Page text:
With some digging around, I actually found out that per CT regulation 10-212-2B, they should not even be looking at hiring me: Each nurse or nurse practitioner shall have at least the equivalent of one year full time working experience as a registered nurse within five (5) years immediately prior to employment as a school nurse. Bummer. It was overwhelming and exciting idea that I was looking forward to potentially tackling. I guess I should email them that.
  16. SwampCat

    Would I be in over my head? - long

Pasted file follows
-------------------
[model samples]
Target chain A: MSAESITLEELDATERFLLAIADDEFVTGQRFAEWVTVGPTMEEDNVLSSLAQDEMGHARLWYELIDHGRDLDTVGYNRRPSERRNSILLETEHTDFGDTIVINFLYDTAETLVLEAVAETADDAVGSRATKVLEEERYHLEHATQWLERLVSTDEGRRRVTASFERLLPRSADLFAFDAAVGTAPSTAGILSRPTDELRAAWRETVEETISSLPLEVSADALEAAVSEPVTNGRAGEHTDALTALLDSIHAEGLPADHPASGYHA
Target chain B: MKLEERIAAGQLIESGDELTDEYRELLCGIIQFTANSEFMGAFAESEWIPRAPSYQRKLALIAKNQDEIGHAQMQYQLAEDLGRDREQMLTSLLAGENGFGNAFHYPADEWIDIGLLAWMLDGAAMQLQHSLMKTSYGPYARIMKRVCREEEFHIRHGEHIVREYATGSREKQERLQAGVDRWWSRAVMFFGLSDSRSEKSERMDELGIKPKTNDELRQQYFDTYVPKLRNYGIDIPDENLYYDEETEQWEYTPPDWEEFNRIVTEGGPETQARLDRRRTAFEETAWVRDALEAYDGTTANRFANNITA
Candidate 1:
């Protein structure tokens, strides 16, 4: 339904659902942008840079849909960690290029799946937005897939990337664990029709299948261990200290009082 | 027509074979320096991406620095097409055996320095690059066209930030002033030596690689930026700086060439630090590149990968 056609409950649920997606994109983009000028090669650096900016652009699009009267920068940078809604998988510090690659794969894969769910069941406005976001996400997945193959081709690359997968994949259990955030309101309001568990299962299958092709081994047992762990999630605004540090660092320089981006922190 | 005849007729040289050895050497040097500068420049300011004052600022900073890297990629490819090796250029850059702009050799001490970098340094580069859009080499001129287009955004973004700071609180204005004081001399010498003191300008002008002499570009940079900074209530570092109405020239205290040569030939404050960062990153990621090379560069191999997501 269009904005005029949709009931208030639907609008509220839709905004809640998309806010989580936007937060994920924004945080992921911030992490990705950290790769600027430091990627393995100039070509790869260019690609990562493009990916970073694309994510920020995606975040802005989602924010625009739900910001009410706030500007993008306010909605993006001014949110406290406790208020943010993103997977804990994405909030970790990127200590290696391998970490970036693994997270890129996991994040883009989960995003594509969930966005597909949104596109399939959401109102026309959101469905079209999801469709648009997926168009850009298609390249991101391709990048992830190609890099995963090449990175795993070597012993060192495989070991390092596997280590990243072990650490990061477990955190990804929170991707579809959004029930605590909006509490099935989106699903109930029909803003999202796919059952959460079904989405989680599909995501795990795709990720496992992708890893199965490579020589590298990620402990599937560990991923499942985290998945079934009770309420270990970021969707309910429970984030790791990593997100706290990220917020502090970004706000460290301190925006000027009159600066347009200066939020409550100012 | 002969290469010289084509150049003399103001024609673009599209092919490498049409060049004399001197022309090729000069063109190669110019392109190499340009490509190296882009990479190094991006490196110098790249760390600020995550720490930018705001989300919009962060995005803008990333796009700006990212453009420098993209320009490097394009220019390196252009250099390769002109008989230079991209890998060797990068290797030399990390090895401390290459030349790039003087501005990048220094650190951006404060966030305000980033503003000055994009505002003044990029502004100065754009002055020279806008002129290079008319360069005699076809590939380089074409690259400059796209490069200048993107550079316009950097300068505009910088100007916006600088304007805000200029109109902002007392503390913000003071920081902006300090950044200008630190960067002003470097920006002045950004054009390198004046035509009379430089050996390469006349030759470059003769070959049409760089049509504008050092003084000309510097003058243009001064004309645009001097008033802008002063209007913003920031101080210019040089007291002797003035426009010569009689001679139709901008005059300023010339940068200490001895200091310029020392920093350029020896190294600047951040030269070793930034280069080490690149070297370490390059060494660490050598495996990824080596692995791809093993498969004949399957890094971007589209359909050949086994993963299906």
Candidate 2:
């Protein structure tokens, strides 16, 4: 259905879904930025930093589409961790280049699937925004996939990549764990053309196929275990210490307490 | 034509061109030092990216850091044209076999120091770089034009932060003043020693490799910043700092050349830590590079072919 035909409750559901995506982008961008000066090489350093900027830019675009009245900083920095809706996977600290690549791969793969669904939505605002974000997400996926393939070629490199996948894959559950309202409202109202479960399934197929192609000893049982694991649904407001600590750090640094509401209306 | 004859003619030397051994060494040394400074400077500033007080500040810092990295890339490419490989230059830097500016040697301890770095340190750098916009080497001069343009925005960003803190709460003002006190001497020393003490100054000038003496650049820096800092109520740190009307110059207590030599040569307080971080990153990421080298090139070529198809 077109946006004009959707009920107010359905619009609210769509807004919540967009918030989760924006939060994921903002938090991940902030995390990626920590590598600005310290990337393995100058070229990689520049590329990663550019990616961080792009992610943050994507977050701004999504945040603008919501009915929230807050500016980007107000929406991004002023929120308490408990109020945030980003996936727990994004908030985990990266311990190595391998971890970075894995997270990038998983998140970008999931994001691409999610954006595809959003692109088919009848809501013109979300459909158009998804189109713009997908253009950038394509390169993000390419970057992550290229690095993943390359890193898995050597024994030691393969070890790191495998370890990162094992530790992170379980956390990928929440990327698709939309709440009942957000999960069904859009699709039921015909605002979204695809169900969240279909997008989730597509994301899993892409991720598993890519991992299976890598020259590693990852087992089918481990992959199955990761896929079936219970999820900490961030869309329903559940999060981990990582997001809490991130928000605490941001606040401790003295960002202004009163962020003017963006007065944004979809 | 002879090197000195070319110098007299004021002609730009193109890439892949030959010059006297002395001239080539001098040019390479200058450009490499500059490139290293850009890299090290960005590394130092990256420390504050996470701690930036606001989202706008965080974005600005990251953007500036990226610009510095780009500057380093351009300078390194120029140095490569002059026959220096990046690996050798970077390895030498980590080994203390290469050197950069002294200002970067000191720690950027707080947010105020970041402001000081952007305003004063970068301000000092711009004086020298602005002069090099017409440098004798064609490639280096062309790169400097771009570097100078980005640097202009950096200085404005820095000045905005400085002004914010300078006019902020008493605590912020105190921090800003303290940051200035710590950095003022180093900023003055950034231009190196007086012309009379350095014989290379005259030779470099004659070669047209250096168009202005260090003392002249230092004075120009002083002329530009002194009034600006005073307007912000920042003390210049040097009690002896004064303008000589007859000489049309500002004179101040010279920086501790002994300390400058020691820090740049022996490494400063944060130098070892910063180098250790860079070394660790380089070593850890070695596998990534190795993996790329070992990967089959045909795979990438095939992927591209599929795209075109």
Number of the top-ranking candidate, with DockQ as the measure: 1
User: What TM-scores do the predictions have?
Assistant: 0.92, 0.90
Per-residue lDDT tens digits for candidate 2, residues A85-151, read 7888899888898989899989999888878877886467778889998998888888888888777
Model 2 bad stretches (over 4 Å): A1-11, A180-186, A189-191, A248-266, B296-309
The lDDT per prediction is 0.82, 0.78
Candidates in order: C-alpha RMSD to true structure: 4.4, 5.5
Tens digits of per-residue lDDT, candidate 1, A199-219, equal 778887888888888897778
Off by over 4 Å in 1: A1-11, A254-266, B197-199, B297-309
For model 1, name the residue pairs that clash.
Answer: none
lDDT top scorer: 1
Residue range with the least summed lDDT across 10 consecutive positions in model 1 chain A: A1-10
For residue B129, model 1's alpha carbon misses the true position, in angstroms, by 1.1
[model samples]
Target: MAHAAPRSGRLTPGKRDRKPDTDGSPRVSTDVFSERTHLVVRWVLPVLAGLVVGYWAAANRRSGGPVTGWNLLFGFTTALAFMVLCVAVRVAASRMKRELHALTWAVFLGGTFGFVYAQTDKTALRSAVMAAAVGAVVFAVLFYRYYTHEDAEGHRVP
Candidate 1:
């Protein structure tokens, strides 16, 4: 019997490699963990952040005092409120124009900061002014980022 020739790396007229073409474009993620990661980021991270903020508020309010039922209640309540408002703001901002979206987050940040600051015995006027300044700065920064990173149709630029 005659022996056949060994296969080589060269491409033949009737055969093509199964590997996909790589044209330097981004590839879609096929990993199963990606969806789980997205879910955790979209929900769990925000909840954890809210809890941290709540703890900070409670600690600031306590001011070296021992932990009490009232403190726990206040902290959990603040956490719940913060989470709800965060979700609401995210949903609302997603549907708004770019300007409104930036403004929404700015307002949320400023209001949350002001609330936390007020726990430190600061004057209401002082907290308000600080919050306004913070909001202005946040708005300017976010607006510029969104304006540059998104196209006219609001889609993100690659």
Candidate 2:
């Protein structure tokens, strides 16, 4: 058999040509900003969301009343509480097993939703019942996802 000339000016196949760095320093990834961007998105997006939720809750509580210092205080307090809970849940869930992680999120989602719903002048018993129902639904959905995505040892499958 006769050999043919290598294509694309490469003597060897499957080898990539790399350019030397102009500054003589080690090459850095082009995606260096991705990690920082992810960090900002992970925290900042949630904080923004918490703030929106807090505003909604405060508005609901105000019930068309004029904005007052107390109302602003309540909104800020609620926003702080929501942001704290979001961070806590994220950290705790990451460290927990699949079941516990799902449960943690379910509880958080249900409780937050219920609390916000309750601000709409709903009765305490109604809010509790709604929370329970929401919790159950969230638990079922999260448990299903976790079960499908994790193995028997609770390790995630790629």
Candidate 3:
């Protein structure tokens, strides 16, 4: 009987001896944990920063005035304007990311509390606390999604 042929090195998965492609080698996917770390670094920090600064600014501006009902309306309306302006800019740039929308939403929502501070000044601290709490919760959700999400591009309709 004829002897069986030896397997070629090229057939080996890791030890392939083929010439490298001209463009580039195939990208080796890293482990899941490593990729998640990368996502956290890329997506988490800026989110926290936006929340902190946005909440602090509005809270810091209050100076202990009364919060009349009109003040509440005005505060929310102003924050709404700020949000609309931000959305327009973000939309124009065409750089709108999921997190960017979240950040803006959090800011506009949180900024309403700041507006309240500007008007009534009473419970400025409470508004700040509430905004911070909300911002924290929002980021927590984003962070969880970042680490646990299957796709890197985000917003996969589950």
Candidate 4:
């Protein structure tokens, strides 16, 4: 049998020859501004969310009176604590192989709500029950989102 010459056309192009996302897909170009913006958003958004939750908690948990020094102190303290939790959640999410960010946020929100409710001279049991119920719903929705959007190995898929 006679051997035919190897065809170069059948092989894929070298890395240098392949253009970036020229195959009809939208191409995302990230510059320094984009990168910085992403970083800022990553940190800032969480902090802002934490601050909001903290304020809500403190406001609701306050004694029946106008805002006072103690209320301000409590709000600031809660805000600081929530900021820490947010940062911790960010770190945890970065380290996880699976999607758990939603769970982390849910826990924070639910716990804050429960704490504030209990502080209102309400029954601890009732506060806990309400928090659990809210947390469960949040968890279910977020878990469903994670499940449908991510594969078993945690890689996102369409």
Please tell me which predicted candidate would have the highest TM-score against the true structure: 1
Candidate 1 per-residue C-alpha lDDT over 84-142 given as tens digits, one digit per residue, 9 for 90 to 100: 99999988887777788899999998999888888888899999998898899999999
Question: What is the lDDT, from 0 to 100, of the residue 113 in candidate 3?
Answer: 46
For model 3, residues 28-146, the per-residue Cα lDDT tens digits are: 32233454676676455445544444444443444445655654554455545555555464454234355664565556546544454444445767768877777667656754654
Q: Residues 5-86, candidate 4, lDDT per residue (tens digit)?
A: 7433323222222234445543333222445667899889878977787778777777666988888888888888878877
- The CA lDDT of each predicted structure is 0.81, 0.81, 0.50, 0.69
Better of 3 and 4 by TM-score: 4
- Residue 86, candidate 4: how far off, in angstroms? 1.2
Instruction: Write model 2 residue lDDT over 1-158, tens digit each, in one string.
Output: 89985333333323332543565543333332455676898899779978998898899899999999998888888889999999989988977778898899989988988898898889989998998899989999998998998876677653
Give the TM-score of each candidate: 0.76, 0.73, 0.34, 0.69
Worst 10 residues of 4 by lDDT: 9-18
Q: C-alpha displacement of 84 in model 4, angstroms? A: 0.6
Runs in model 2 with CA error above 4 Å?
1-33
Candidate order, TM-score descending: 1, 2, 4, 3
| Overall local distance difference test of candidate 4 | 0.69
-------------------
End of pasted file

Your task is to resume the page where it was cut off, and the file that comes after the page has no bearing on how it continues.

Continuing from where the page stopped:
Today I interviewed for a school nurse job that splits between a middle college and a magnet arts school. Basically, they have no system. No nurse to guide me. No policies. ...NOTHING! It would basically be "here are the keys, I don't know what papers are necessary, holler if you need us but we probably can't help." Obviously the first thing I would do would be to find out if this is legal. Can two schools 30 minutes apart share a nurse? We are talking more than 200 kids on total. I guess administration holds down the fort at which ever school is nurse less that day. Second step would be to find a mentor. I was thinking about getting in contact with the school RN I had a clinical with, but I'm doubting that she will remember me. I went one day a week spring 2014. I'm sure a nurse around here would be nice enough to guide me. Not only running the nurse's office but they want me to do seminar-y things for the kids and staff now and then and also come up with and take some of the kids on field trips... my first thought was take them to help out at the cardiopulmonary rehab exercise class at the local hospital and see what smoking can do to you. I asked them what they expected to be accomplished in the first year and they were very vague...I guess because it is a newer school and they are still finding their way also. I am a go-getter and feel semi confident that I can slowly put this together but I want to be realistic. I do feel as if this is a job for someone who has a few school nursing years under their belt but I can't deny the fact that I love the freedom it offers and it follows my kids' school schedule. And the whole idea of being part of a community is so alluring. Sorry this is so long but any input would be greatly appreciated!